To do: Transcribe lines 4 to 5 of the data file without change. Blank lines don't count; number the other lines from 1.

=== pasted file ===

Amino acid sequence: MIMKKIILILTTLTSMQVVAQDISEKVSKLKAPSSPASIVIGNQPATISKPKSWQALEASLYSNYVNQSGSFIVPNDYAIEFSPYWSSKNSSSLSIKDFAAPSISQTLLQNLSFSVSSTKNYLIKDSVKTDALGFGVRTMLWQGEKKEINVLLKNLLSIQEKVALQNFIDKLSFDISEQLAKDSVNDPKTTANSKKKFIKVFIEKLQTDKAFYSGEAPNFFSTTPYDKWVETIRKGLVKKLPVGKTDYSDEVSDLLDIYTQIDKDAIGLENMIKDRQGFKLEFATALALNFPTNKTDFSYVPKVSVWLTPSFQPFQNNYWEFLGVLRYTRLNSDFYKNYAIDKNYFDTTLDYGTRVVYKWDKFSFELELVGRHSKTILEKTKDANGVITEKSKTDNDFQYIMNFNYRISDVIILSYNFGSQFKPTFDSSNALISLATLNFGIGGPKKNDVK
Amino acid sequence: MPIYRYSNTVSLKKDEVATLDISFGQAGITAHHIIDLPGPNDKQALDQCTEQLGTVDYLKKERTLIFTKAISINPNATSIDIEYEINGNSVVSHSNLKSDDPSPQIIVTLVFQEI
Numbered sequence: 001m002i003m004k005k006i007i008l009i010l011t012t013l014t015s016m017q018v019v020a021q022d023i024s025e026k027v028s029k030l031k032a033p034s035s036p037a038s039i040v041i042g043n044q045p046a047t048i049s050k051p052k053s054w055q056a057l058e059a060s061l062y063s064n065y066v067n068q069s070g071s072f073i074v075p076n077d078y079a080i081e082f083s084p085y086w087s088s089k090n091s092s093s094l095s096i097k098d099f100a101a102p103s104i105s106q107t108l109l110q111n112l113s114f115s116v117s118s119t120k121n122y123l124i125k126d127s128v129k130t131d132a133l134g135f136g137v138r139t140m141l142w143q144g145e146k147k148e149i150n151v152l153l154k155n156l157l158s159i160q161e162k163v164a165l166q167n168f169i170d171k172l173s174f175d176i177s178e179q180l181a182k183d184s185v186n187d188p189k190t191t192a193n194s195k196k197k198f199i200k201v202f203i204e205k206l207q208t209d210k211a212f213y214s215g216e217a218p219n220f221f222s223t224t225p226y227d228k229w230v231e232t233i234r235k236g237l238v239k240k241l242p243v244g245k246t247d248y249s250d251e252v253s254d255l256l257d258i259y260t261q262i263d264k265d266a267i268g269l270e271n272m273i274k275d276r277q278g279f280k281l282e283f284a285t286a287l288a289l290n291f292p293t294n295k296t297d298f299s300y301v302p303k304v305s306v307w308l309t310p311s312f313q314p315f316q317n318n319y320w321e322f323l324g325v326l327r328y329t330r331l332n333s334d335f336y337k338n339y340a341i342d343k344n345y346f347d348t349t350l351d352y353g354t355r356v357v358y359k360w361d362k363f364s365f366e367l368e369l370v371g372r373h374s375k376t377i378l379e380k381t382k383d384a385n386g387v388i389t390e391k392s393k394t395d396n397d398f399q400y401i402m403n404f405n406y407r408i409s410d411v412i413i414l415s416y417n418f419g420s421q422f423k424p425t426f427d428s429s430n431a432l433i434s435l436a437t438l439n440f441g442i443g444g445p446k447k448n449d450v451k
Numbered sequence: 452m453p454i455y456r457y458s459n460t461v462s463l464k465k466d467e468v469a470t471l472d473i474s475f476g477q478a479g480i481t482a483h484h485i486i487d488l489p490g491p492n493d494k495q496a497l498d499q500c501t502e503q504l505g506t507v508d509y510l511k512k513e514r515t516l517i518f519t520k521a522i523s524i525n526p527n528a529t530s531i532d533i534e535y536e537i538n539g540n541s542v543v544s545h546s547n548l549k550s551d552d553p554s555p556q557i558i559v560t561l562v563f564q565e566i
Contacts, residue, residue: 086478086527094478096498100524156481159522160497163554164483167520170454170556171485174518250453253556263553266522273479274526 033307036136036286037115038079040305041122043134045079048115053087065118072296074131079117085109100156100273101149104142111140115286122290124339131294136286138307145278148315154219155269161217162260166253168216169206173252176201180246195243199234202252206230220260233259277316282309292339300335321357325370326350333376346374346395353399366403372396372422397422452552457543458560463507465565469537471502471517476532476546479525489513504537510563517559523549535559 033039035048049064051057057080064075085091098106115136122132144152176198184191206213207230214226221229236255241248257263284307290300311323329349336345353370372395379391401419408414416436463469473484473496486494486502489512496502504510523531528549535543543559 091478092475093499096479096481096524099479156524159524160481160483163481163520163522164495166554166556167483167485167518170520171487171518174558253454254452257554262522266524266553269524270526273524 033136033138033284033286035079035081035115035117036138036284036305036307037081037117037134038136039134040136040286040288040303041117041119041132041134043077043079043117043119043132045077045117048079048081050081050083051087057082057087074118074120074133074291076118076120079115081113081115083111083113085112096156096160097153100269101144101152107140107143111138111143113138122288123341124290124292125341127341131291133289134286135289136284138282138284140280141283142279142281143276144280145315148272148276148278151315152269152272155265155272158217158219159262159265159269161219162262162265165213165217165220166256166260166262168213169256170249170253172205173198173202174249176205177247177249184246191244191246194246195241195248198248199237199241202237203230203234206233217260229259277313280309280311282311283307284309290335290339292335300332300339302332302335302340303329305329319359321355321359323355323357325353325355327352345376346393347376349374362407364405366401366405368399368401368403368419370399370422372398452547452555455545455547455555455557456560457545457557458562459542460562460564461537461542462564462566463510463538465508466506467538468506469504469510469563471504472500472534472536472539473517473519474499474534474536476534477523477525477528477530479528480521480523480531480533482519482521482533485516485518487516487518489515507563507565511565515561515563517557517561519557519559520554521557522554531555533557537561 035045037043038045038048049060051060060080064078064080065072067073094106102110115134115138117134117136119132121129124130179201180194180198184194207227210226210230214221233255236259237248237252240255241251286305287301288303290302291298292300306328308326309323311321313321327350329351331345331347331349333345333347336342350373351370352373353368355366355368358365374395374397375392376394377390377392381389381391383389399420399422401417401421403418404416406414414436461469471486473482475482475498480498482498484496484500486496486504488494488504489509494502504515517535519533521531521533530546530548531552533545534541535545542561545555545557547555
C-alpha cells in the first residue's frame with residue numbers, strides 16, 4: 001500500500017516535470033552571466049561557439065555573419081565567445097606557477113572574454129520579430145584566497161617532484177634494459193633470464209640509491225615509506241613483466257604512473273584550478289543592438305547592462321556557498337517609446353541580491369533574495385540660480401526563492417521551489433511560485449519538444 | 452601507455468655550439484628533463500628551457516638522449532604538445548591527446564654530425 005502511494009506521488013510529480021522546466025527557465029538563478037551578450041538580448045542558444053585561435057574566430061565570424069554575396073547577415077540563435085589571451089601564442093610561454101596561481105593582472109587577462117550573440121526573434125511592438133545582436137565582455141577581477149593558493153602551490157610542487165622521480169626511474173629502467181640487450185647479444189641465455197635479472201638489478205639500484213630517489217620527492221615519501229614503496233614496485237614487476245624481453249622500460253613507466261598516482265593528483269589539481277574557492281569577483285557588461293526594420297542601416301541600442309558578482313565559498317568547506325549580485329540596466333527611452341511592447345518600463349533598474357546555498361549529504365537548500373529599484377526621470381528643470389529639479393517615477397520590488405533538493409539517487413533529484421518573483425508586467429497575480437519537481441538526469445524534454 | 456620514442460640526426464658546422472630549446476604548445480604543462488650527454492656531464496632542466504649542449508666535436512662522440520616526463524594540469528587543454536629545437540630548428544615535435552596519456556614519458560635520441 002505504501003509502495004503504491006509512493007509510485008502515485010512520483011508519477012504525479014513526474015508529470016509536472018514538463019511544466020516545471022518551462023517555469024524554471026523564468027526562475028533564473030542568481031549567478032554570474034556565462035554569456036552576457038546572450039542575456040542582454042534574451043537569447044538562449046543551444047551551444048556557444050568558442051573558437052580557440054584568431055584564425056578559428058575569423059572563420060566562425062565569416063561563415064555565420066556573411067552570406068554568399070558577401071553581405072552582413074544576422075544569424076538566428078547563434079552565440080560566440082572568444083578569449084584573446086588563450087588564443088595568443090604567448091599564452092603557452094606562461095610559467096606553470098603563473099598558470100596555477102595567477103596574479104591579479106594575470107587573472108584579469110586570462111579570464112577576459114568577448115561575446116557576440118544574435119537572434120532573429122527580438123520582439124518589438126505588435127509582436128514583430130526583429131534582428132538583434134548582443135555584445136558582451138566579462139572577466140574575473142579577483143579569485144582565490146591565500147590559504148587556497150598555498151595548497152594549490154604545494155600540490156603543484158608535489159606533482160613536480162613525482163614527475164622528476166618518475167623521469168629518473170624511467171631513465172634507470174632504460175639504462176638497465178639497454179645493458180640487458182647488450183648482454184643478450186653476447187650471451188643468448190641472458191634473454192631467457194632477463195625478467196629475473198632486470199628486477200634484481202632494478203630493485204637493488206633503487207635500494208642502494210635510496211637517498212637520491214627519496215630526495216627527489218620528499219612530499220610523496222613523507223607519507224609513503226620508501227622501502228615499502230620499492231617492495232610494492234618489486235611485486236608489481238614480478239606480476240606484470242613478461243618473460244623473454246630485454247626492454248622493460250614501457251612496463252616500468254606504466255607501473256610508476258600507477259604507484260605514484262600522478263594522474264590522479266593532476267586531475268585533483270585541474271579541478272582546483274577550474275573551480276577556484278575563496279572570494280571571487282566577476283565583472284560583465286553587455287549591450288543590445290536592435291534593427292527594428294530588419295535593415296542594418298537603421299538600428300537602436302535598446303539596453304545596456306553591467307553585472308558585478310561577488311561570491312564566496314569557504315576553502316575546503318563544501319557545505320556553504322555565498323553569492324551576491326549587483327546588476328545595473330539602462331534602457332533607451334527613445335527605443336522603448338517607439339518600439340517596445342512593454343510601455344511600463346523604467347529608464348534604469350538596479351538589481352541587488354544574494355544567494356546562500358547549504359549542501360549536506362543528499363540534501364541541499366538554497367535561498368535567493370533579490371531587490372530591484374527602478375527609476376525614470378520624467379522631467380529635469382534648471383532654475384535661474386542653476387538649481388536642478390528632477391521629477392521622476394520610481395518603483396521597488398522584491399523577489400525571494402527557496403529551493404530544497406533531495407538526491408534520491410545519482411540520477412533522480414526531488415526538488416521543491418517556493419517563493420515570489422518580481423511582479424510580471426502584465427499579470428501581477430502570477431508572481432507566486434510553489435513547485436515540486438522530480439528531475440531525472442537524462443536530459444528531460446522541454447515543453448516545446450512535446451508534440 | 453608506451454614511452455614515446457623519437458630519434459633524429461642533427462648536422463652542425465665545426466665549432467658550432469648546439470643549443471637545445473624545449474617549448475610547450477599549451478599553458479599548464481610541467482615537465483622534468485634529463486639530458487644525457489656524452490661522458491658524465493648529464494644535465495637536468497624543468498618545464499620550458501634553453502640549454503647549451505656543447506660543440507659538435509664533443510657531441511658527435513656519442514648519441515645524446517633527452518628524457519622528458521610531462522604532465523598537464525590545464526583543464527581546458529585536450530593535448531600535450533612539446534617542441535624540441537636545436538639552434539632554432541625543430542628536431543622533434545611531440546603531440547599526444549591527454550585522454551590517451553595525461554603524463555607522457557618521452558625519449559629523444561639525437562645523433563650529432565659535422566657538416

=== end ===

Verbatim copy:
Numbered sequence: 452m453p454i455y456r457y458s459n460t461v462s463l464k465k466d467e468v469a470t471l472d473i474s475f476g477q478a479g480i481t482a483h484h485i486i487d488l489p490g491p492n493d494k495q496a497l498d499q500c501t502e503q504l505g506t507v508d509y510l511k512k513e514r515t516l517i518f519t520k521a522i523s524i525n526p527n528a529t530s531i532d533i534e535y536e537i538n539g540n541s542v543v544s545h546s547n548l549k550s551d552d553p554s555p556q557i558i559v560t561l562v563f564q565e566i
Contacts, residue, residue: 086478086527094478096498100524156481159522160497163554164483167520170454170556171485174518250453253556263553266522273479274526 033307036136036286037115038079040305041122043134045079048115053087065118072296074131079117085109100156100273101149104142111140115286122290124339131294136286138307145278148315154219155269161217162260166253168216169206173252176201180246195243199234202252206230220260233259277316282309292339300335321357325370326350333376346374346395353399366403372396372422397422452552457543458560463507465565469537471502471517476532476546479525489513504537510563517559523549535559 033039035048049064051057057080064075085091098106115136122132144152176198184191206213207230214226221229236255241248257263284307290300311323329349336345353370372395379391401419408414416436463469473484473496486494486502489512496502504510523531528549535543543559 091478092475093499096479096481096524099479156524159524160481160483163481163520163522164495166554166556167483167485167518170520171487171518174558253454254452257554262522266524266553269524270526273524 033136033138033284033286035079035081035115035117036138036284036305036307037081037117037134038136039134040136040286040288040303041117041119041132041134043077043079043117043119043132045077045117048079048081050081050083051087057082057087074118074120074133074291076118076120079115081113081115083111083113085112096156096160097153100269101144101152107140107143111138111143113138122288123341124290124292125341127341131291133289134286135289136284138282138284140280141283142279142281143276144280145315148272148276148278151315152269152272155265155272158217158219159262159265159269161219162262162265165213165217165220166256166260166262168213169256170249170253172205173198173202174249176205177247177249184246191244191246194246195241195248198248199237199241202237203230203234206233217260229259277313280309280311282311283307284309290335290339292335300332300339302332302335302340303329305329319359321355321359323355323357325353325355327352345376346393347376349374362407364405366401366405368399368401368403368419370399370422372398452547452555455545455547455555455557456560457545457557458562459542460562460564461537461542462564462566463510463538465508466506467538468506469504469510469563471504472500472534472536472539473517473519474499474534474536476534477523477525477528477530479528480521480523480531480533482519482521482533485516485518487516487518489515507563507565511565515561515563517557517561519557519559520554521557522554531555533557537561 035045037043038045038048049060051060060080064078064080065072067073094106102110115134115138117134117136119132121129124130179201180194180198184194207227210226210230214221233255236259237248237252240255241251286305287301288303290302291298292300306328308326309323311321313321327350329351331345331347331349333345333347336342350373351370352373353368355366355368358365374395374397375392376394377390377392381389381391383389399420399422401417401421403418404416406414414436461469471486473482475482475498480498482498484496484500486496486504488494488504489509494502504515517535519533521531521533530546530548531552533545534541535545542561545555545557547555